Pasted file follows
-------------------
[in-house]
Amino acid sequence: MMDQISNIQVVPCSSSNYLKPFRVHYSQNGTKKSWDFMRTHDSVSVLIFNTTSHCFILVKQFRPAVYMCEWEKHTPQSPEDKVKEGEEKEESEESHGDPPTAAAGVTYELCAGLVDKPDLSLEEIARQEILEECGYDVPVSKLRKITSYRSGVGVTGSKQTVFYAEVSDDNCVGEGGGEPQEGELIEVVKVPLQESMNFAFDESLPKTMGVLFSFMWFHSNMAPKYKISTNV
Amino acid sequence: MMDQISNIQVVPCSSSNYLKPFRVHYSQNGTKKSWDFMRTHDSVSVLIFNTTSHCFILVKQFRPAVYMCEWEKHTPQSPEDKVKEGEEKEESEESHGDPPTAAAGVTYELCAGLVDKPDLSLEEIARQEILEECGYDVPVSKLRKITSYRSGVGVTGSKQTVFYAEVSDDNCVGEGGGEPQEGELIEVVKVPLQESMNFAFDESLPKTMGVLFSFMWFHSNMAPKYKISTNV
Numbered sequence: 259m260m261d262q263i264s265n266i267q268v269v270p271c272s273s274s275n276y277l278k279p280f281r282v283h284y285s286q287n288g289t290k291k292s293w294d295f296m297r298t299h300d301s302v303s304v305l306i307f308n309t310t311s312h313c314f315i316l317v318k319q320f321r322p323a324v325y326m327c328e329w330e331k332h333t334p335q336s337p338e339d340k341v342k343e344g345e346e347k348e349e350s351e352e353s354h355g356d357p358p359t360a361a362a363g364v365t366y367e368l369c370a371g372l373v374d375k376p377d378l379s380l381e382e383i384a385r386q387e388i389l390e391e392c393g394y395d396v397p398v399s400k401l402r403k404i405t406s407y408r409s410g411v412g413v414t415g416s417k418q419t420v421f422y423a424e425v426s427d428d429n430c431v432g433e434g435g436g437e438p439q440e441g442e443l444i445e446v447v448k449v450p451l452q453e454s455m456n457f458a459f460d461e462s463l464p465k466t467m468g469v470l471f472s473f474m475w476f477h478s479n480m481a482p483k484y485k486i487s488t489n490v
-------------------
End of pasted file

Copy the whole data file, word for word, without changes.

[in-house]
Amino acid sequence: MMDQISNIQVVPCSSSNYLKPFRVHYSQNGTKKSWDFMRTHDSVSVLIFNTTSHCFILVKQFRPAVYMCEWEKHTPQSPEDKVKEGEEKEESEESHGDPPTAAAGVTYELCAGLVDKPDLSLEEIARQEILEECGYDVPVSKLRKITSYRSGVGVTGSKQTVFYAEVSDDNCVGEGGGEPQEGELIEVVKVPLQESMNFAFDESLPKTMGVLFSFMWFHSNMAPKYKISTNV
Amino acid sequence: MMDQISNIQVVPCSSSNYLKPFRVHYSQNGTKKSWDFMRTHDSVSVLIFNTTSHCFILVKQFRPAVYMCEWEKHTPQSPEDKVKEGEEKEESEESHGDPPTAAAGVTYELCAGLVDKPDLSLEEIARQEILEECGYDVPVSKLRKITSYRSGVGVTGSKQTVFYAEVSDDNCVGEGGGEPQEGELIEVVKVPLQESMNFAFDESLPKTMGVLFSFMWFHSNMAPKYKISTNV
Numbered sequence: 259m260m261d262q263i264s265n266i267q268v269v270p271c272s273s274s275n276y277l278k279p280f281r282v283h284y285s286q287n288g289t290k291k292s293w294d295f296m297r298t299h300d301s302v303s304v305l306i307f308n309t310t311s312h313c314f315i316l317v318k319q320f321r322p323a324v325y326m327c328e329w330e331k332h333t334p335q336s337p338e339d340k341v342k343e344g345e346e347k348e349e350s351e352e353s354h355g356d357p358p359t360a361a362a363g364v365t366y367e368l369c370a371g372l373v374d375k376p377d378l379s380l381e382e383i384a385r386q387e388i389l390e391e392c393g394y395d396v397p398v399s400k401l402r403k404i405t406s407y408r409s410g411v412g413v414t415g416s417k418q419t420v421f422y423a424e425v426s427d428d429n430c431v432g433e434g435g436g437e438p439q440e441g442e443l444i445e446v447v448k449v450p451l452q453e454s455m456n457f458a459f460d461e462s463l464p465k466t467m468g469v470l471f472s473f474m475w476f477h478s479n480m481a482p483k484y485k486i487s488t489n490v